Jonathan Miller shares a story in his blog about how important it is to maintain your reputation as an appraiser. Recently, a local NYC blog misquoted Miller and claimed he offered a property value to a reporter. Upset, Miller responded to the blogger sharply:
I do not give reporters prices of apartments or someone who calls me. EVER!…You are clearly saying I am telling someone how much a specific apartment is worth and that is against my state certification indicating I break the law to people in my appraisal circles. It takes one crackpot to file a complaint…
Miller than goes on to explain how several years ago he got into a little mess with the Appraisal Institute, due to some online directory claiming he held an MAI:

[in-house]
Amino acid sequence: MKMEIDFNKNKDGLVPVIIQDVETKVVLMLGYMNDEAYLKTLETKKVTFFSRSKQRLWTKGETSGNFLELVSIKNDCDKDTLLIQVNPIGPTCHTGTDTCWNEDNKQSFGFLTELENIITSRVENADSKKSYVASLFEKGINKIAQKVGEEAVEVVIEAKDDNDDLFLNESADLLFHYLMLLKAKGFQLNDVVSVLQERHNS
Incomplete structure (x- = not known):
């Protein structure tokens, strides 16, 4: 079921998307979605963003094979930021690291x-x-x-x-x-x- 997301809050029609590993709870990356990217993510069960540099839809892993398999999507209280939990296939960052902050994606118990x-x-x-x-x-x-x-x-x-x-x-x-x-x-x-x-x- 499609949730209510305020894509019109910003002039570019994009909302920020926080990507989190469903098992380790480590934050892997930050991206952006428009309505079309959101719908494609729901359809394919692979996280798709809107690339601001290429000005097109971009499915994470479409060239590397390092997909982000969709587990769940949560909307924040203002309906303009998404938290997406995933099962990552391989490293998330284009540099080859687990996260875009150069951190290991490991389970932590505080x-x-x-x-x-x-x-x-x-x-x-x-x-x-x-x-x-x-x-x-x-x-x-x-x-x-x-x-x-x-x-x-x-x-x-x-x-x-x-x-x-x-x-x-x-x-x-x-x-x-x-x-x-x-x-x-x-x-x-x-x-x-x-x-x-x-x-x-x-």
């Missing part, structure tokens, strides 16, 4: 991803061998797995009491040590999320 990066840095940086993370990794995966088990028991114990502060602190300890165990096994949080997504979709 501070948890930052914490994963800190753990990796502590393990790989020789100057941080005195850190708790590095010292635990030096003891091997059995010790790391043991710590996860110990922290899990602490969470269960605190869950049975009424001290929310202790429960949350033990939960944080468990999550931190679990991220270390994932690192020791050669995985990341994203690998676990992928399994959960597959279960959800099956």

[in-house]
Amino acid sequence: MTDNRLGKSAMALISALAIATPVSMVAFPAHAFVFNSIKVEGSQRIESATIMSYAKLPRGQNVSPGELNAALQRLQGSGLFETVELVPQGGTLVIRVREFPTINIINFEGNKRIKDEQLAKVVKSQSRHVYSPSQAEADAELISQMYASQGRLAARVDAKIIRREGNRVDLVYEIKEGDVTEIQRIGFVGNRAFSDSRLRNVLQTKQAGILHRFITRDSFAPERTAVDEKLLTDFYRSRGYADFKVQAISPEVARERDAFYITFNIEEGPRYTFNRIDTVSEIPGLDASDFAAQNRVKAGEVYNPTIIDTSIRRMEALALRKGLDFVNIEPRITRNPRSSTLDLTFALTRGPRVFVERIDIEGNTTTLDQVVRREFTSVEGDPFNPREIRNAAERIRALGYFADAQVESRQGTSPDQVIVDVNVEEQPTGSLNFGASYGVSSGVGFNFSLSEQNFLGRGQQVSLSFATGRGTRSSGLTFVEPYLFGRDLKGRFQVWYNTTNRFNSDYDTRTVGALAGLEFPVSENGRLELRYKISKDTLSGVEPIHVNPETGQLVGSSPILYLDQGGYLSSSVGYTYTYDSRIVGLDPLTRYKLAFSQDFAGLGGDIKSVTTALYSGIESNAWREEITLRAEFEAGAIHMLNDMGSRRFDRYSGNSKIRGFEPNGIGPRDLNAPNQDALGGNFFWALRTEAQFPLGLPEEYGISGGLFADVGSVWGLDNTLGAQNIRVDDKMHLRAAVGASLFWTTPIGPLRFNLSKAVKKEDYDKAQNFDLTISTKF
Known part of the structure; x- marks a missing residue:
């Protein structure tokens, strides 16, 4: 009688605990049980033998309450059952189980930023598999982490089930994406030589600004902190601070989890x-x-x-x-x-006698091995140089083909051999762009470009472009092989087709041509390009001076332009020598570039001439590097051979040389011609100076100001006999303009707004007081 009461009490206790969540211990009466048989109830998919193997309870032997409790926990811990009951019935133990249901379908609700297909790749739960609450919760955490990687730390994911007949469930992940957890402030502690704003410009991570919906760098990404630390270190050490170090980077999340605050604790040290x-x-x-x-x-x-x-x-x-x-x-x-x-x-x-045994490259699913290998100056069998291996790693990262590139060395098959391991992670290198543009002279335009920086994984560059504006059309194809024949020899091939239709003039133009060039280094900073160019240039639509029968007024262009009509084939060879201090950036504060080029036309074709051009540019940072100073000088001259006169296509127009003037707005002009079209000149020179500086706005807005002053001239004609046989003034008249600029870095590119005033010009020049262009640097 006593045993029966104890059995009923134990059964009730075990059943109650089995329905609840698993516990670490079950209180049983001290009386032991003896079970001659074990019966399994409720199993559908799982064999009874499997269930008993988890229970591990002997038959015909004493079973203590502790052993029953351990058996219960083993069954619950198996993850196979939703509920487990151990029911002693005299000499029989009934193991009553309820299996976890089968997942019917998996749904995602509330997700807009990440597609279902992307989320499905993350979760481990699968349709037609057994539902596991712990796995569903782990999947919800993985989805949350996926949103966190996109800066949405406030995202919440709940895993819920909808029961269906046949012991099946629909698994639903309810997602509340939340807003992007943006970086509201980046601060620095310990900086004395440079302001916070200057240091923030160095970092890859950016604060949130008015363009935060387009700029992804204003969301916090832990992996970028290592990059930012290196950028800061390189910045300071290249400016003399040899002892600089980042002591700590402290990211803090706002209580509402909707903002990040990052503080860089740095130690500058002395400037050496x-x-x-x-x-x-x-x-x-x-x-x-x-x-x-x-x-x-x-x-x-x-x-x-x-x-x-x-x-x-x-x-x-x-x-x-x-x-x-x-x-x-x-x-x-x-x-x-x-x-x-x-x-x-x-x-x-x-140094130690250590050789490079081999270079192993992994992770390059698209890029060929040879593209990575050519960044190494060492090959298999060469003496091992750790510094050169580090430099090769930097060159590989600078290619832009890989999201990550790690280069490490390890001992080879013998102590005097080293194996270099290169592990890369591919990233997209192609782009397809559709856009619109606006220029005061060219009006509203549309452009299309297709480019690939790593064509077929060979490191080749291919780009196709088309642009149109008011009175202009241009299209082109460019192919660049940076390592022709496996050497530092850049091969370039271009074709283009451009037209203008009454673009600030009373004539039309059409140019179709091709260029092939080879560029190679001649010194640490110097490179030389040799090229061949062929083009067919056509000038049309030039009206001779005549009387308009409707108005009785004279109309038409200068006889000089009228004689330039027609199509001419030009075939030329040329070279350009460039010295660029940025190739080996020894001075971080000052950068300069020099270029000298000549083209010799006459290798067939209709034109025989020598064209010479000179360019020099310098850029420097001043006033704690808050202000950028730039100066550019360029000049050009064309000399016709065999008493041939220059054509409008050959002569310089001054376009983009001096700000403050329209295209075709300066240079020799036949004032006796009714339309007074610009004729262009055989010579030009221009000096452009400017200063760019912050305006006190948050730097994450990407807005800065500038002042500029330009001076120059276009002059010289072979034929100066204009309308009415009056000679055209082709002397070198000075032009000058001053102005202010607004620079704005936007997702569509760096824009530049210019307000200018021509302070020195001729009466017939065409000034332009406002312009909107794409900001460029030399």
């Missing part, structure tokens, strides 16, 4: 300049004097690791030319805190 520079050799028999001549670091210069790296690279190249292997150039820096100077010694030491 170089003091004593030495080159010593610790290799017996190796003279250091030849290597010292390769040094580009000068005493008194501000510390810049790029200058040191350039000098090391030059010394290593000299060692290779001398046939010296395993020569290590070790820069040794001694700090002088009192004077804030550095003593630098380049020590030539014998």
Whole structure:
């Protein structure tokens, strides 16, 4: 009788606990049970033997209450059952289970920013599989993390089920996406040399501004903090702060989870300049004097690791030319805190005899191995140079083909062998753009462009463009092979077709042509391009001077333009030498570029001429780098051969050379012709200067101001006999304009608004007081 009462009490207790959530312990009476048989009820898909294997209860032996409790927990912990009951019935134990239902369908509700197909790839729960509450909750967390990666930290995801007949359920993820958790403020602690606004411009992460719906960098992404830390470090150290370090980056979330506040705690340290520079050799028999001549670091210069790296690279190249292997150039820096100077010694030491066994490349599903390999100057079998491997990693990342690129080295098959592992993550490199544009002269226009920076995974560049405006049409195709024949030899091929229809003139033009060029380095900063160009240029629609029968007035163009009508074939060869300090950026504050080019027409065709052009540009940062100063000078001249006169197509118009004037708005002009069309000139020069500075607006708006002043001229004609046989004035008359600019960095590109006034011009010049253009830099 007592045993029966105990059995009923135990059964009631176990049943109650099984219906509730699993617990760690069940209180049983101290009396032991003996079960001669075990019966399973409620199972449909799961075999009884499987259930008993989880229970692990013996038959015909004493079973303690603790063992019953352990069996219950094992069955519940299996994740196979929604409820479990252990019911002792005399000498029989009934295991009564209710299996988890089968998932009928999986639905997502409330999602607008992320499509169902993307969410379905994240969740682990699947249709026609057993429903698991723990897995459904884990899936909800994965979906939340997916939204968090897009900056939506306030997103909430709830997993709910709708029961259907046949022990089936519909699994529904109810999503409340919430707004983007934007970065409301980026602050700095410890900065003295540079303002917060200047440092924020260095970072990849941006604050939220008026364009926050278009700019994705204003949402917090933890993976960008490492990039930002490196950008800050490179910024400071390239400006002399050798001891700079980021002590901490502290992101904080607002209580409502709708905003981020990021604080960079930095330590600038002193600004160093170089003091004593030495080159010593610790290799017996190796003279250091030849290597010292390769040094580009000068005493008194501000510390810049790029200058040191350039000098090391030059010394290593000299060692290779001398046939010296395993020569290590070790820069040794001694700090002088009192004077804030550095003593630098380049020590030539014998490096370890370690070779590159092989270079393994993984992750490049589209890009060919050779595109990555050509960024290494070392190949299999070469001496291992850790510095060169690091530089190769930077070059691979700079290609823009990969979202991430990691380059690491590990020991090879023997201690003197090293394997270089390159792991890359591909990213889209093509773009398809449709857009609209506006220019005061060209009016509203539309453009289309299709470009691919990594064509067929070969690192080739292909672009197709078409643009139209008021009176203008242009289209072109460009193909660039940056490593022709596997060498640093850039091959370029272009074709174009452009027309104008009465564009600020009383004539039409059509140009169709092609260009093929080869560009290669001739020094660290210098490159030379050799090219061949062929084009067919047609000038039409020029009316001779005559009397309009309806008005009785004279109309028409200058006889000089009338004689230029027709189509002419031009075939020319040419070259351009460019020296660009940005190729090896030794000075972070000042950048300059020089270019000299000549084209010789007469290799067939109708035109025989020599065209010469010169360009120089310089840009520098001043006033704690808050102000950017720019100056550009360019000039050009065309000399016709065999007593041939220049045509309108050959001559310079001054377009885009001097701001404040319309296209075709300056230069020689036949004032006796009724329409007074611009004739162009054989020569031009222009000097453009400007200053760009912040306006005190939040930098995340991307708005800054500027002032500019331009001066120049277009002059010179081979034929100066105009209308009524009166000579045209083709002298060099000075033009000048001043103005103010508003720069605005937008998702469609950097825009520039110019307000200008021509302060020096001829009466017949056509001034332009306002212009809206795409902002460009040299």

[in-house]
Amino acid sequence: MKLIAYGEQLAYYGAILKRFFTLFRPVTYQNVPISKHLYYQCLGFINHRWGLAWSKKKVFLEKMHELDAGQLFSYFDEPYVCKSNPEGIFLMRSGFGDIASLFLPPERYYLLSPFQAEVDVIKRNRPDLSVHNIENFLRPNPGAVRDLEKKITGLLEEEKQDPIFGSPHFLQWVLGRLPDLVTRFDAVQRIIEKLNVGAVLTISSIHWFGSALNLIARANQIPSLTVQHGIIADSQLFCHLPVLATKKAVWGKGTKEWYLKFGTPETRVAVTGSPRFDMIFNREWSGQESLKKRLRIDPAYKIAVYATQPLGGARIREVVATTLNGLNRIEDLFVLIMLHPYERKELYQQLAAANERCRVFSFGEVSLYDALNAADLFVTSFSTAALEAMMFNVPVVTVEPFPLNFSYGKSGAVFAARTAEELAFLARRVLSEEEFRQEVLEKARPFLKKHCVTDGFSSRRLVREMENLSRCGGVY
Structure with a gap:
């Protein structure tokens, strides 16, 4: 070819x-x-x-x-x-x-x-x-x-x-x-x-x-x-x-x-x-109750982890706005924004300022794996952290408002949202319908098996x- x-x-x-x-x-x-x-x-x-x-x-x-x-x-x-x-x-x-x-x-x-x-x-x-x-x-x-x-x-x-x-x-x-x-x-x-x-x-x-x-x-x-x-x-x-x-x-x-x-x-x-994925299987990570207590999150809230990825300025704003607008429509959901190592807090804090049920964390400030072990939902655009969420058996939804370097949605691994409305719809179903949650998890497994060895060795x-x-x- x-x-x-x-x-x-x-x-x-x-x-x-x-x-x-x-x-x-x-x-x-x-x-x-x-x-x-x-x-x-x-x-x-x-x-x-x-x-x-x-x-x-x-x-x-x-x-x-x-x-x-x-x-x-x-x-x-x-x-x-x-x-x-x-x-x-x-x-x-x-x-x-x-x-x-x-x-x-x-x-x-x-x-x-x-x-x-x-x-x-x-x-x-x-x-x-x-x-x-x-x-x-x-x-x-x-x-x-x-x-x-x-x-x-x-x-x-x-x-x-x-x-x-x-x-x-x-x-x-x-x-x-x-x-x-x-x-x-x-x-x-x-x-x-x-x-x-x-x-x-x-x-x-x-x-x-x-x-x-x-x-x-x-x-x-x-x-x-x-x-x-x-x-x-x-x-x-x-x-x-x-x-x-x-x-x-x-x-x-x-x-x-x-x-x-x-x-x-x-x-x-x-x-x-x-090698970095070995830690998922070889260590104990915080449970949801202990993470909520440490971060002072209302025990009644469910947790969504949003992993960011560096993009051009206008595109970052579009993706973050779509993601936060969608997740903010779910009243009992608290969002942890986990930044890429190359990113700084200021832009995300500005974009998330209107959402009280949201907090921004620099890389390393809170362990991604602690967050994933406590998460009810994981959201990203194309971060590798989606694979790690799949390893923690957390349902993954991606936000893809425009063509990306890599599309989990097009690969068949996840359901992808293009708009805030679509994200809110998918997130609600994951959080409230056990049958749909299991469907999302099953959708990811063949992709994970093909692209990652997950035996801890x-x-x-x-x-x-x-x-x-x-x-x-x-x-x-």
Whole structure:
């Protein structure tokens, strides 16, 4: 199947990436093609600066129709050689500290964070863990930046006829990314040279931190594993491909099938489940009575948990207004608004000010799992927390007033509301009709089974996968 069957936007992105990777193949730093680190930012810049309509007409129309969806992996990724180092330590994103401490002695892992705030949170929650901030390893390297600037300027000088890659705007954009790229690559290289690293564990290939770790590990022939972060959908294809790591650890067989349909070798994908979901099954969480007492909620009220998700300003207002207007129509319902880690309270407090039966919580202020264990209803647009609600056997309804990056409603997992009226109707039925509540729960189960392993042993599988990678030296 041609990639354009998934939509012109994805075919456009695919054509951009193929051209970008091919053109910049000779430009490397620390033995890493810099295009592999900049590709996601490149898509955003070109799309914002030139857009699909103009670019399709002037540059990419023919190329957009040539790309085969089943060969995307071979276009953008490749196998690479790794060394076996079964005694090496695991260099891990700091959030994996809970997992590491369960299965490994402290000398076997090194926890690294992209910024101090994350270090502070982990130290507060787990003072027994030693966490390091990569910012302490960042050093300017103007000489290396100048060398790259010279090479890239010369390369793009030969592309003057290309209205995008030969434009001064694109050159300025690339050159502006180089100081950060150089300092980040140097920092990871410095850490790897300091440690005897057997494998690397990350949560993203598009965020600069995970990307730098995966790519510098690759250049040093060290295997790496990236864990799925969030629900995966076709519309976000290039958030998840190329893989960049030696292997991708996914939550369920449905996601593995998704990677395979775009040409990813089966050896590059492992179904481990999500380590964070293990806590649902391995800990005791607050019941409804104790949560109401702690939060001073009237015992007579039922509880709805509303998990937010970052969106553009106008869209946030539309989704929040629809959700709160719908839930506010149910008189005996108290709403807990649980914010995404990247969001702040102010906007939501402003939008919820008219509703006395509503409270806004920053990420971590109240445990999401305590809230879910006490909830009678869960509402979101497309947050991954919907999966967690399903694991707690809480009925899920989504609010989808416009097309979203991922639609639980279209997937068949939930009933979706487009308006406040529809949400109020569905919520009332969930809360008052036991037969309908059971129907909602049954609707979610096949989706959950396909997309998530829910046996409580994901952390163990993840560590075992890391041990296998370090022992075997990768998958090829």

It was simply a mistake on the appraisal directory web site’s part. I sent repeated requests to the site to take it down or change the text but got no response. Then some anonymous (wacko) submitted a complaint to the Appraisal Institute (had to be an appraiser) and I got a terse form letter from the chair of “Ethics Administration.”
Gotta love our profession – like field reviews – many of us are dying to stick it to our colleagues. In other words, I was assumed “guilty until proven innocent.” I called AI and they were actually pretty nice about it. I had to send them a letter explaining my situation and all was fine again.
If appraisers worked as hard at fighting appraisal pressure as they do at filing complaints against each-other, I think they could go a long way toward promoting independence within the profession.
-Justin Morton, Manager of Appraisal Specialties